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The advent of pneumococcal conjugate vaccines led to the near disappearance of most of the included serotypes in high-income settings but also the rise of nonvaccine-type colonization and disease. Alternative strategies, using genetically conserved proteins as antigens, have been evaluated preclinically and clinically for years, so far unsuccessfully. One possible explanation for the failure of these efforts is that the choice of antigens may not have been sufficiently guided by an understanding of the gene expression pattern in the context of infection. Here, we present a targeted transcriptomic analysis of 160 pneumococcal genes encoding bacterial surface-exposed proteins in mouse models, human colonization, and human meningitis. We present the overlap of these different transcriptomic profiles. We identify two bacterial genes that are highly expressed in the context of mouse and human infection: SP_0282, an IID component of a mannose phosphotransferase system (PTS), and SP_1739, encoding RNase Y. We show that these two proteins can confer protection against pneumococcal nasopharyngeal colonization and intraperitoneal challenge in a murine model and generate opsonophagocytic antibodies. This study emphasizes and confirms the importance of studies of pneumococcal gene expression of bacterial surface proteins during human infection and colonization and may pave the way for the selection of a protein-based vaccine candidate.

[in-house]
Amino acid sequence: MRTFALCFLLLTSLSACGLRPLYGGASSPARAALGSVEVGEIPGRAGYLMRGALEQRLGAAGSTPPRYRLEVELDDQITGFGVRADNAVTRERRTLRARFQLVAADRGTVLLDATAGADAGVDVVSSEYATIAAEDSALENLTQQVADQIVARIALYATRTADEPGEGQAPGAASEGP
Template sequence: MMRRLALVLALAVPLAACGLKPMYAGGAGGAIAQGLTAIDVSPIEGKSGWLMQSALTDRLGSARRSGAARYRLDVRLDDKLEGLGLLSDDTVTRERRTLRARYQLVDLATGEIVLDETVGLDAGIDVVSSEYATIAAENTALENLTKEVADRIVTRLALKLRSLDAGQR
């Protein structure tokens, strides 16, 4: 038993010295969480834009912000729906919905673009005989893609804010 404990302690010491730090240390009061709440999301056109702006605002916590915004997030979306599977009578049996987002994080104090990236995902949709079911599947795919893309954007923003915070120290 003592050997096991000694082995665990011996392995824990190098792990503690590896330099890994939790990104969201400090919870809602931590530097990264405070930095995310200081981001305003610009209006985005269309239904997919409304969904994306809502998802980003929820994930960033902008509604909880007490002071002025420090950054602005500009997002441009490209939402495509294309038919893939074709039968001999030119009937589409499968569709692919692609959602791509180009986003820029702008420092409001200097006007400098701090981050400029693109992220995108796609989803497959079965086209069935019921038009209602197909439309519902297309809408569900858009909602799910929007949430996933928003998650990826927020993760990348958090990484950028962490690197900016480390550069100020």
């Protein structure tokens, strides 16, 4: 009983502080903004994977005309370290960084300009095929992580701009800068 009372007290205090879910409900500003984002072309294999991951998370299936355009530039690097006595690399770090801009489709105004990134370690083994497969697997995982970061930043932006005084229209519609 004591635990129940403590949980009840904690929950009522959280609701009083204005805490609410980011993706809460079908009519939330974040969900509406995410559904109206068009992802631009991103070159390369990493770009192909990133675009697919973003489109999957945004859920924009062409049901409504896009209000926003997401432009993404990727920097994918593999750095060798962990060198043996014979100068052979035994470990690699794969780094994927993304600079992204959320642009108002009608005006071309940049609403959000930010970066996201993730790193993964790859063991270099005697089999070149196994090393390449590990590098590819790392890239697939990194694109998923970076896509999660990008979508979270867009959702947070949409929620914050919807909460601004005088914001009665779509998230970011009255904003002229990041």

Original publication




Journal article


Infect Immun

Publication Date





colonization, invasive disease, pneumococcus, transcriptome, Animals, Bacterial Proteins, Humans, Mice, Nasopharynx, Pneumococcal Infections, Pneumococcal Vaccines, Serogroup, Streptococcus pneumoniae, Transcriptome, Vaccines, Conjugate